How to Fold a Baby Onesie with the KonMari Method

This method works for both short-sleeve and long-sleeve onesies. When you're done, you should be able to stand the onesie up on its edge in the drawer, so all your onesies are "filed" in a way that you can see each of them.

  1. Lay the onesie on a flat surface and smooth out any creases.

  2. Fold the onesie in half vertically, sleeve to sleeve.

  3. Fold the arms in so they are on top of the body.

  4. Fold the onesie in half horizontally, buttons to collar.

  5. Fold the onesie in half horizontally again (so it's in fourths).

It might take a few tries to get the method down pat, but once you do, it'll be smooth sailing from here on out. Once you've folded all the onesies, neatly place them in the drawer.

How to Fold a Baby Sleeper with the KonMari Method

If your sleeper is too thick (such as fleece ones for winter) to fold into fourths, you can use thirds or simply roll it up.

  1. Lay the sleeper face-down on a flat surface and smooth out creases.

  2. Fold in half vertically, leg to leg and sleeve to sleeve.

  3. Fold the arms in so they lay flat on top of the body.

  4. Fold in half horizontally, feet to collar.

  5. Fold in half horizontally again (if you can).

How to Fold Baby Pants (Two Methods)

Baby pants and shorts can be folded using the KonMari method as well. But if your baby's pants are so packed into the drawer that a few tend to unfold each time you pull one out, Dilbeck recommends the tuck method (which can also be used for baby shirts). You can still file pants folded with the tuck method into your drawer the same way as those folded with the KonMari method.

How to Fold Baby Pants with the KonMari Method

  1. Lay the pants on a flat surface and smooth out creases.

  2. Fold them in half vertically, leg to leg.

  3. Fold in half horizontally, ankle to waist.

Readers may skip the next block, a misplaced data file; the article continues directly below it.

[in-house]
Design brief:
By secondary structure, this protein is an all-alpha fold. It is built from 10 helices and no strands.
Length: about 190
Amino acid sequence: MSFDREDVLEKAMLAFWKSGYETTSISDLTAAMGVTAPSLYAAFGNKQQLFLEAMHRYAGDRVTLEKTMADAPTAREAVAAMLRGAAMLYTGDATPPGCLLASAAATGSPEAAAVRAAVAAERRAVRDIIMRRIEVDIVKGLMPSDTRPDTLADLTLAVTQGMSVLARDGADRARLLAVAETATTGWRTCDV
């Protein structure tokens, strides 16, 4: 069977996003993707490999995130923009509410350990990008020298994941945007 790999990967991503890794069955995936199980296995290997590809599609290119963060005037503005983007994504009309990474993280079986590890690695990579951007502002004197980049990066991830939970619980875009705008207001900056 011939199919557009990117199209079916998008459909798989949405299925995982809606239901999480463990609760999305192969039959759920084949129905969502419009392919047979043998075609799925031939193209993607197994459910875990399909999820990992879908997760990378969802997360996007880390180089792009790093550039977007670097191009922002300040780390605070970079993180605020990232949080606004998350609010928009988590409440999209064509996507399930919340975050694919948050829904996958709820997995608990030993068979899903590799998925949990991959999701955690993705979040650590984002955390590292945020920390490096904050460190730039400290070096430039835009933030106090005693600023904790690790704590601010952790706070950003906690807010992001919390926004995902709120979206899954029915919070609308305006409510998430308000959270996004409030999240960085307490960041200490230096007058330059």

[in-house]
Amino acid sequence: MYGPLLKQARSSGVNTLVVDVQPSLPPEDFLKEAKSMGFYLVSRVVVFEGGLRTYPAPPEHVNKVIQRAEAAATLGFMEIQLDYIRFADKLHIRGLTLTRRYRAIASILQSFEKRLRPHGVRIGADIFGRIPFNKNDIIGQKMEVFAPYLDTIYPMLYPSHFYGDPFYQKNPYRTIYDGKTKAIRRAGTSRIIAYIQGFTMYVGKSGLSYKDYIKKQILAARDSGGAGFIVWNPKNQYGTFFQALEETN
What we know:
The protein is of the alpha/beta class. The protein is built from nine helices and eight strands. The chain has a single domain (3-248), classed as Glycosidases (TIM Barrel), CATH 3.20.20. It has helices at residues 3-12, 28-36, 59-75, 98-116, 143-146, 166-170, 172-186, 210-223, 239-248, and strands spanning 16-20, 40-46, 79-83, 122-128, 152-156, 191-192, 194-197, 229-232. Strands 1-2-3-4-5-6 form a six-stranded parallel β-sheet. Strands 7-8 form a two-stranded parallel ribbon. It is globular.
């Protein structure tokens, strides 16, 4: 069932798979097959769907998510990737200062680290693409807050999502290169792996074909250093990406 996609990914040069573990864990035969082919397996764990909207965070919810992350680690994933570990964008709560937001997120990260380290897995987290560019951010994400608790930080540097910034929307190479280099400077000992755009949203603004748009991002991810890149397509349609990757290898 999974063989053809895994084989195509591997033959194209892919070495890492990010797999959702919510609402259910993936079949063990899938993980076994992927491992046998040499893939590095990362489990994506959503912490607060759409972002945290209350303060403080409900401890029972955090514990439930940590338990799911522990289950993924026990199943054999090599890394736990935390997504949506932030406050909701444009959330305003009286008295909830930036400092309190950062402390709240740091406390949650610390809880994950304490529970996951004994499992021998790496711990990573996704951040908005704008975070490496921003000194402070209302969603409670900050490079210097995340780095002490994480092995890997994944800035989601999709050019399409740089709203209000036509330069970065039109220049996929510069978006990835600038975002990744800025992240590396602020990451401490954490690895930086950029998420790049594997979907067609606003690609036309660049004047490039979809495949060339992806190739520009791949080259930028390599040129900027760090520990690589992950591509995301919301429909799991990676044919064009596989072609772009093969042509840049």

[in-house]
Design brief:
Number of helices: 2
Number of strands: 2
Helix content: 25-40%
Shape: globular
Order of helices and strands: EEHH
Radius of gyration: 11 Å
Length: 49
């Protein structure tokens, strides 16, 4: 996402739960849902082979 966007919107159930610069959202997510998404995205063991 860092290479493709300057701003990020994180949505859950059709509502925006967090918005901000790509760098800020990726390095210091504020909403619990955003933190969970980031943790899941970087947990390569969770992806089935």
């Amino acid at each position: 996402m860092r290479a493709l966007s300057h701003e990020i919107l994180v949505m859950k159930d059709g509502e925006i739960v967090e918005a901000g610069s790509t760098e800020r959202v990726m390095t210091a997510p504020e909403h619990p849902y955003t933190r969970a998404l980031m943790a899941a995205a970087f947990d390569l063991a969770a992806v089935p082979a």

4. Fold in half horizontally again (so the pants are in fourths).

How to Fold Pants with the Tuck Method

  1. Lay the pants on a flat surface and smooth out creases.

  2. Fold in half vertically, leg to leg.

  3. Fold just the ankles up, as if you were cuffing the pants.

  4. From the waist end, fold the pants down, then down again to line up with the other end.

  5. Tuck the folded edge into the top ankle opening and smooth flat.

A Word From Verywell

When you have a new baby to learn how to feed, soothe, bathe, and parent, folding their itty bitty onesies may be the last thing on your mind. But learning how to organize tiny clothes into tidy drawers may just save you some midnight aggravation. If you have a partner, encourage them to learn these methods as well so they can help with all the baby laundry.

At the end of the day, a happy, healthy, fed baby is the most important thing to focus on right now. If those perfectly laid out drawers have to take a back seat for now, that's a-OK. Enjoy the baby snuggles; laundry can wait.

By Alyssa Sybertz
Alyssa has been writing about health and wellness since 2013. Her work has appeared in print in publications like FIRST for Women, Woman's World, and Closer Weekly and online at places like,, and She is the author of The OMAD Diet and has served as editor-in-chief for two magazines about intermittent fasting.